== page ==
The T209 rice test is the worst possible situation for a vacuum pump. By design, vacuum pumps need to be free of contaminants and never EVER allow water in.
So what do we do? We put a container of water and hook it up in line with our pumps. Because we don’t have time to care about a vacuum pump and have more tests to run than there are hours in a day.
How a vacuum pump works
On a rotary vane vacuum pump, a motor turns a driveshaft. Connected to that driveshaft is the image pictured to the left.
1 (pump housing) is the wall of the compression chamber. This is made of a tough material capable of handling pressure.
If you have an oil pump, the inside wall is lined with a thin layer of oil.
If you have an oilless pump, the inside wall is usually lined with a carbon-based material.
2 (rotor) is connected to the driveshaft and spins clockwise or counterclockwise depending on your vacuum pump’s setup.
3 (vanes) are pressed along the sides of the pump’s housing by 4(spring) which pushes the vanes against the wall.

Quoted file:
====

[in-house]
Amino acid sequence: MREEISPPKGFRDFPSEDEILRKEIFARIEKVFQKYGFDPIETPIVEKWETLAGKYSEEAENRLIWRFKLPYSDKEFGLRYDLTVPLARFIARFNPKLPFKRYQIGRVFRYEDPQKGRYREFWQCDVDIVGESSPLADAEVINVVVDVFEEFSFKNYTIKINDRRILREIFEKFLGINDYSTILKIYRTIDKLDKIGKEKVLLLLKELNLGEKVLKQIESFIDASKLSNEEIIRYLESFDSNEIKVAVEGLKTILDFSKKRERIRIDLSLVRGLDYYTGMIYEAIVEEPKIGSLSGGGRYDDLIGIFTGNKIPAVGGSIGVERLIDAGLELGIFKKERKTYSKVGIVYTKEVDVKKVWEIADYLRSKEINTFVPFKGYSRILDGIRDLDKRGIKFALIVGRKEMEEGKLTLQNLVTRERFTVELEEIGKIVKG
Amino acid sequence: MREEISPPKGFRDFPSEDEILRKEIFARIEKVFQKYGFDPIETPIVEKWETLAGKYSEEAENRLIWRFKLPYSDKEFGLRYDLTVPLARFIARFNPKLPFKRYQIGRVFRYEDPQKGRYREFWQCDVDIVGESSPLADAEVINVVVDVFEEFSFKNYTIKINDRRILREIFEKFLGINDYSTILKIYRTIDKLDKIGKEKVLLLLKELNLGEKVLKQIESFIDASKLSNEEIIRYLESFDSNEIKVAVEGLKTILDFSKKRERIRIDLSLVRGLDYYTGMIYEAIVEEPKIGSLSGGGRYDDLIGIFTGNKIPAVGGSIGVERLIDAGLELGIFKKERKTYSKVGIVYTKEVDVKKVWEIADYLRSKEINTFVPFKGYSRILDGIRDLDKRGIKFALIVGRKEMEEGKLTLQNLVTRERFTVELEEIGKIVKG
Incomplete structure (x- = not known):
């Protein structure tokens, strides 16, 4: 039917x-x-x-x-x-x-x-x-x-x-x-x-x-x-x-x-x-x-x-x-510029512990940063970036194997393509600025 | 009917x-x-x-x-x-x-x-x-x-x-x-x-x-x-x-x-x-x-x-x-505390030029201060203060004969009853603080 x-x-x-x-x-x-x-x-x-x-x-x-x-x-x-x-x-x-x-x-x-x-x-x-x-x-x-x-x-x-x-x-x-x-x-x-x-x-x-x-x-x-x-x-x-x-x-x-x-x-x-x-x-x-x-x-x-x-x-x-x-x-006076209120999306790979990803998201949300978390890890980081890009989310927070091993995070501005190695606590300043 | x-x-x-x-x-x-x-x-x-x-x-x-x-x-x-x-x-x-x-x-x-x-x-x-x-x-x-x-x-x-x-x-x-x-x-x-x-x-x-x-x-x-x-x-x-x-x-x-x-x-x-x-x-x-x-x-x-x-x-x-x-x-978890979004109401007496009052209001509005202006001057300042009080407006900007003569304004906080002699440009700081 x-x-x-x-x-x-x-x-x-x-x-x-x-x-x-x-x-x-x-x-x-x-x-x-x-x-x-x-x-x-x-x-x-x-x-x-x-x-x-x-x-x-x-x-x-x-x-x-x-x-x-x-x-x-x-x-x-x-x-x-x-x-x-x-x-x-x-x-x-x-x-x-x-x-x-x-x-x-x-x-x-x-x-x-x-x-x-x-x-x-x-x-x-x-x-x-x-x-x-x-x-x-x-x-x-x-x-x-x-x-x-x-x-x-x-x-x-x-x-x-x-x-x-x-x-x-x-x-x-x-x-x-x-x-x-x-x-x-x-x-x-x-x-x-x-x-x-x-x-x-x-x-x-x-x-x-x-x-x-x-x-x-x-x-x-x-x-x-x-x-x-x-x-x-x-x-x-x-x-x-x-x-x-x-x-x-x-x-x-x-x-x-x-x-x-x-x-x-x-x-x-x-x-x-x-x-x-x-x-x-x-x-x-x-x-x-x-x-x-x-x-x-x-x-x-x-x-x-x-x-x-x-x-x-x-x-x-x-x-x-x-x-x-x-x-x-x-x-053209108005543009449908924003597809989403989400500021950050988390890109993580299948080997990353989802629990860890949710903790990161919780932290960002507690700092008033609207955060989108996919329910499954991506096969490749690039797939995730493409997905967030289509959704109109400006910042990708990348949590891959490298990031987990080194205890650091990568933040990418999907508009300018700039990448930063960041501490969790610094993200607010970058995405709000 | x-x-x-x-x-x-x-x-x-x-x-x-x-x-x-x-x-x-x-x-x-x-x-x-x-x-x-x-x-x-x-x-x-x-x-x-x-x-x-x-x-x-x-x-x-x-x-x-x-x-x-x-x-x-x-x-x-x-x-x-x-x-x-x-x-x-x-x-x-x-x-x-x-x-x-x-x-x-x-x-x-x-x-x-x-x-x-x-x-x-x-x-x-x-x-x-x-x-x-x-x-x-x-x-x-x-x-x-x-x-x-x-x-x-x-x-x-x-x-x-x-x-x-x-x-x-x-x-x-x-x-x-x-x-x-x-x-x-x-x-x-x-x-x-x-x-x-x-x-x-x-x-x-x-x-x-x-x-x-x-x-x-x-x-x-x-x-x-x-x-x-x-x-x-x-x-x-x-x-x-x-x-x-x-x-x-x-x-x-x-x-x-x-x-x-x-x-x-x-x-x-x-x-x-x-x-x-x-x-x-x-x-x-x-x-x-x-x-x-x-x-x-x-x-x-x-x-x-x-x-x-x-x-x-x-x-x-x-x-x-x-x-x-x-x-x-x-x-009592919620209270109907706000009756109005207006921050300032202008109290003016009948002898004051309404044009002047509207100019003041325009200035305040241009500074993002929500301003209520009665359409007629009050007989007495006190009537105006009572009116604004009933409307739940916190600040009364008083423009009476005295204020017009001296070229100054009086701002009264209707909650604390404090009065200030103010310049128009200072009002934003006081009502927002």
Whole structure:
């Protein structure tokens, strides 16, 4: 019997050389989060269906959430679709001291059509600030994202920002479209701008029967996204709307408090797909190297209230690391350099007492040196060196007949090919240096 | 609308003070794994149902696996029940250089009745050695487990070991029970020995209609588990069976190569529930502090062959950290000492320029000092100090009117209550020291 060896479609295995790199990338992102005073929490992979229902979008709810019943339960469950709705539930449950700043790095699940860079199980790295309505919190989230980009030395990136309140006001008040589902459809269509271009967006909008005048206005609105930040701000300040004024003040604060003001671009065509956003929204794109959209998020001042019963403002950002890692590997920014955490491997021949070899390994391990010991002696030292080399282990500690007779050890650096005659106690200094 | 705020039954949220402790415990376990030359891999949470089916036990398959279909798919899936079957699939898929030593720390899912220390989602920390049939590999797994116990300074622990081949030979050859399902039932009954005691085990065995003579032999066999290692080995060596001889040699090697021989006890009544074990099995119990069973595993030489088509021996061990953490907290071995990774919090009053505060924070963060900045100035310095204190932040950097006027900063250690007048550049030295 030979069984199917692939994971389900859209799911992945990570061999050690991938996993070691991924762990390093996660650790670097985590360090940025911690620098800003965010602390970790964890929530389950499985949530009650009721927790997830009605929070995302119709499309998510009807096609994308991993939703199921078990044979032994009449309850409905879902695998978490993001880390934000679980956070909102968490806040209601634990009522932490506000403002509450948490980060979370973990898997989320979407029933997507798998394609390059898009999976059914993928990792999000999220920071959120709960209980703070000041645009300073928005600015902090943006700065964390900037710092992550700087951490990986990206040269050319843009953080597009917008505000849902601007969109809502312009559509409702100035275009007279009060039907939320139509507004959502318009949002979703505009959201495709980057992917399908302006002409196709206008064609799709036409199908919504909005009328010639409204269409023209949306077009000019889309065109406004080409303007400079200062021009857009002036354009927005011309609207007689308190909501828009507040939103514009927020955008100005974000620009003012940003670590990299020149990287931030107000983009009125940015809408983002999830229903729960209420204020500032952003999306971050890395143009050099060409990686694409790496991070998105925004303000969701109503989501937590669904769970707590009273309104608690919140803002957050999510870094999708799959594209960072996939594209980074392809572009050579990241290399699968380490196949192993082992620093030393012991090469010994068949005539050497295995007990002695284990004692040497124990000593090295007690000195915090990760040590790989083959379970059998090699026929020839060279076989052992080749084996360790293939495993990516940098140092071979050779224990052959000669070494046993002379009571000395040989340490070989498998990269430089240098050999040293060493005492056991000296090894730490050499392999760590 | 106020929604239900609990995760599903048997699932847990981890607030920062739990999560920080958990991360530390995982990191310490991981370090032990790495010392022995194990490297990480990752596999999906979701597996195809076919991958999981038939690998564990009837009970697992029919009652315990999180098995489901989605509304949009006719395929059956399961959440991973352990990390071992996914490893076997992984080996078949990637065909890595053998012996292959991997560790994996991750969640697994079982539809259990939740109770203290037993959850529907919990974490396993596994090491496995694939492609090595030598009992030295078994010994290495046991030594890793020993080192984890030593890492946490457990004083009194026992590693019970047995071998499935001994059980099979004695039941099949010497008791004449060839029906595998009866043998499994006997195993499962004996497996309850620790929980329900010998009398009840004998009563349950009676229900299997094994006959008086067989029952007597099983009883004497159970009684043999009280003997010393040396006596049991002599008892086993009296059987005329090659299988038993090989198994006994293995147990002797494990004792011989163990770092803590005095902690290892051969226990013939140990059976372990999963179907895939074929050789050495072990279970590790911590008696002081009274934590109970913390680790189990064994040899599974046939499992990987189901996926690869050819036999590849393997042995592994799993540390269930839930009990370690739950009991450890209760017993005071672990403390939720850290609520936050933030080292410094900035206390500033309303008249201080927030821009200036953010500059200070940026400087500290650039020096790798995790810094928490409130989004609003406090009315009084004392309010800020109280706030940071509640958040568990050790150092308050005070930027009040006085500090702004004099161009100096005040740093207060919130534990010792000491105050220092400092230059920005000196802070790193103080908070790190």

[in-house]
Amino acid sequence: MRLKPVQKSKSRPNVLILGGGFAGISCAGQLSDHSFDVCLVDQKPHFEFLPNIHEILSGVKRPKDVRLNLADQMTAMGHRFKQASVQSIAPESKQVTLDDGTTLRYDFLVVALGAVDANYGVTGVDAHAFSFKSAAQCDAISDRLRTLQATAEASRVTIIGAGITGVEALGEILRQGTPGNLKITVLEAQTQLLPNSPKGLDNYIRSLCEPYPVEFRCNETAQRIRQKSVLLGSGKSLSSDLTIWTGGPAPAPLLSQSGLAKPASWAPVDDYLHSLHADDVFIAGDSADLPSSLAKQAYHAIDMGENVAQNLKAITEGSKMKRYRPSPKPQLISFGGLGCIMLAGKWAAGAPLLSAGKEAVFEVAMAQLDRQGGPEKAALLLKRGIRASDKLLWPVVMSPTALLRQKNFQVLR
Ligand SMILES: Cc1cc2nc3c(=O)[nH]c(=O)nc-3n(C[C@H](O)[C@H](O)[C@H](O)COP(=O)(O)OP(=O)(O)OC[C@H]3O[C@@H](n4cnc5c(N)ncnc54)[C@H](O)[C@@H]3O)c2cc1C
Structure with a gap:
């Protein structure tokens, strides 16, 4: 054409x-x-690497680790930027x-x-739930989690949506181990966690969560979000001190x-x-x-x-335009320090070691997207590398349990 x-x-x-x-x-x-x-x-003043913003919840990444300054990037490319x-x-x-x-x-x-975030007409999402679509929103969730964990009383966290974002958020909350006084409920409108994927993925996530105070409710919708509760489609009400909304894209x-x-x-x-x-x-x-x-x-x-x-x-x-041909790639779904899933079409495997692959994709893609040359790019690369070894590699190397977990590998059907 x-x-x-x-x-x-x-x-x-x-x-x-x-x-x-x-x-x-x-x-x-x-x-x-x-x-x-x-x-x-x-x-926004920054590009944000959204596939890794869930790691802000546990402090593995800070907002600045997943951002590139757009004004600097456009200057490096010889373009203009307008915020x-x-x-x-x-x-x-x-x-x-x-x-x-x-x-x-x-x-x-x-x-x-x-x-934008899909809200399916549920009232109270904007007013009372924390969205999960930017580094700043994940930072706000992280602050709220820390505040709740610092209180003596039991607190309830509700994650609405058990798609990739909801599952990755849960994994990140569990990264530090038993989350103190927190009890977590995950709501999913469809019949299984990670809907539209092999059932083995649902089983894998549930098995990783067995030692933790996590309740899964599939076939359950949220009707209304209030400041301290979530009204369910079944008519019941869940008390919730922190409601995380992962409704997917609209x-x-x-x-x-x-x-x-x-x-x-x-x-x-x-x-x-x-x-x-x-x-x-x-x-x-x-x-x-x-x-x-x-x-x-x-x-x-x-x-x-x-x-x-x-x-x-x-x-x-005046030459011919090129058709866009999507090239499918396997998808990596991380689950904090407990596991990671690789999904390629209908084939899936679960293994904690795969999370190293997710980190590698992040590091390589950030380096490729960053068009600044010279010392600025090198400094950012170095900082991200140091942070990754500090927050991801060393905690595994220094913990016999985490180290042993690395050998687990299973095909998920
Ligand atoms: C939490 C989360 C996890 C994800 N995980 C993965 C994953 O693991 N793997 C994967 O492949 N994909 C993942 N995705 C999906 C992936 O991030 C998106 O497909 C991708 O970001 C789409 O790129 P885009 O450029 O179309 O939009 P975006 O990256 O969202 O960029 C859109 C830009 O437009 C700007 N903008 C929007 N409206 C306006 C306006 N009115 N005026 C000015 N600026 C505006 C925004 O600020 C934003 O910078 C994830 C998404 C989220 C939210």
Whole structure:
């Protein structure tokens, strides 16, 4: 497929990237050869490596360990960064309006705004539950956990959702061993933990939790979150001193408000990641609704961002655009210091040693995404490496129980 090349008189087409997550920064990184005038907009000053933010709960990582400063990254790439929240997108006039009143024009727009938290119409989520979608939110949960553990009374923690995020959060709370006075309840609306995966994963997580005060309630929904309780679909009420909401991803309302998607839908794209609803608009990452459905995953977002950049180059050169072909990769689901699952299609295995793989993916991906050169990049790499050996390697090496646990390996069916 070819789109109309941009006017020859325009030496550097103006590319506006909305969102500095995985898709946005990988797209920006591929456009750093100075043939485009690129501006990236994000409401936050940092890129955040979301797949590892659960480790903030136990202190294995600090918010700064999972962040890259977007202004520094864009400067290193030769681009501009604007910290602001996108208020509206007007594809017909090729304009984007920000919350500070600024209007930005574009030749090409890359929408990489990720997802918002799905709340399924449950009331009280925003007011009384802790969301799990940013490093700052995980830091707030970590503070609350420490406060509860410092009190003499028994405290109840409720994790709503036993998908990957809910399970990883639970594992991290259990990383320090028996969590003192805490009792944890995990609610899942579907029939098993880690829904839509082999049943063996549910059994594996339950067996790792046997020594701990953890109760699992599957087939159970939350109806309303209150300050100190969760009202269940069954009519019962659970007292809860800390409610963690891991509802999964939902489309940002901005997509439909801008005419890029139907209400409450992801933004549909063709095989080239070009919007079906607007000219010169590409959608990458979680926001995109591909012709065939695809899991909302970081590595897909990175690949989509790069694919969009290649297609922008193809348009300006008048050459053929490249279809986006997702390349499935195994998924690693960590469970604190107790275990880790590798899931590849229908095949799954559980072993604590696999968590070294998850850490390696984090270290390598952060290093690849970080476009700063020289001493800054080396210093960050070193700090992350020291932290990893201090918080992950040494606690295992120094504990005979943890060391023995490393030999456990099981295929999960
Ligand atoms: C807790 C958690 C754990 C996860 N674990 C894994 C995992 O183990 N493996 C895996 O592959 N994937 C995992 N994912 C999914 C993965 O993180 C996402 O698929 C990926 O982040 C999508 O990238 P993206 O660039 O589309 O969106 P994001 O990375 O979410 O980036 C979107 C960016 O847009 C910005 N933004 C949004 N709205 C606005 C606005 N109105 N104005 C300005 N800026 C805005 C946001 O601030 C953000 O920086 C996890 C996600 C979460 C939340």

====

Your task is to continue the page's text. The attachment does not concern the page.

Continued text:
The vanes (3) are designed to compress the air in the chamber to a point where the air rushes out of the outlet valve and lower the pressure of the chamber to allow air from the system to rush in.
This all happens mechanically while the unit runs, which is why proper lubrication is important.
Why water is the enemy
Water and lubricants do not play well.
With an oilless vacuum pump, if water gets into the system the lubricant grabs onto it and creates a crud-like coating that will stop the pump from working.
With an oil pump, the water will slowly mix with oil causing performance to drop over time. Normally you will start to see the oil become milky.
Either way, water lowers performance making your startup time last longer and longer until your pump can’t hit the correct pressure.
So naturally, we all don’t want water to enter our vacuum pump so we use a few different techniques to rid the system of water.
The first is using a desiccant or water extraction device of some sort to collect the water before it makes it to the pump.
In our industry, we use a gas drying jar or a Pump Saver. both do the same thing but in different ways.
The second way is so unbelievably simple and yet, almost nobody does it.
Elevate. Your. Pump.
Seriously. Gravity is an amazing tool that everyone should be using. Just by having your vacuum pump above your pycnometer, you can add months of extra runtime to your pump.
We cannot stress this enough, and yet, the majority of labs we visit have their vacuum pumps tucked in a cabinet below everything.
If you use both methods to protect your vacuum pump, you can extend the lifespan of your pump and stop destroying them.